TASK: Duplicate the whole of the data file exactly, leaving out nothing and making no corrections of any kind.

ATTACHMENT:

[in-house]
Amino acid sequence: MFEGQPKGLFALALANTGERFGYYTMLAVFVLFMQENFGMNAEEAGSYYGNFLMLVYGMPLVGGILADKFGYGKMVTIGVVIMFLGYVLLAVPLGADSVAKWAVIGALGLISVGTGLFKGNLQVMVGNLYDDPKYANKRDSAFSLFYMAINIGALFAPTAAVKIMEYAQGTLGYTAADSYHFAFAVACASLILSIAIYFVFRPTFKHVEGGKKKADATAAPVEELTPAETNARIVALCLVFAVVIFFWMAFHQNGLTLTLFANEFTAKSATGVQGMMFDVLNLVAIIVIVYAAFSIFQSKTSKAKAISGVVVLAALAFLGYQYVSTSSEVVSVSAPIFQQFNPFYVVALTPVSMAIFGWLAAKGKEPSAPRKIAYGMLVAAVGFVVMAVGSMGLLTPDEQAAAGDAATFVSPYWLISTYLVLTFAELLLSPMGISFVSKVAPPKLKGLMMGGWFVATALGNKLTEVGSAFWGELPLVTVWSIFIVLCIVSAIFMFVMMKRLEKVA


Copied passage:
[in-house]
Amino acid sequence: MFEGQPKGLFALALANTGERFGYYTMLAVFVLFMQENFGMNAEEAGSYYGNFLMLVYGMPLVGGILADKFGYGKMVTIGVVIMFLGYVLLAVPLGADSVAKWAVIGALGLISVGTGLFKGNLQVMVGNLYDDPKYANKRDSAFSLFYMAINIGALFAPTAAVKIMEYAQGTLGYTAADSYHFAFAVACASLILSIAIYFVFRPTFKHVEGGKKKADATAAPVEELTPAETNARIVALCLVFAVVIFFWMAFHQNGLTLTLFANEFTAKSATGVQGMMFDVLNLVAIIVIVYAAFSIFQSKTSKAKAISGVVVLAALAFLGYQYVSTSSEVVSVSAPIFQQFNPFYVVALTPVSMAIFGWLAAKGKEPSAPRKIAYGMLVAAVGFVVMAVGSMGLLTPDEQAAAGDAATFVSPYWLISTYLVLTFAELLLSPMGISFVSKVAPPKLKGLMMGGWFVATALGNKLTEVGSAFWGELPLVTVWSIFIVLCIVSAIFMFVMMKRLEKVA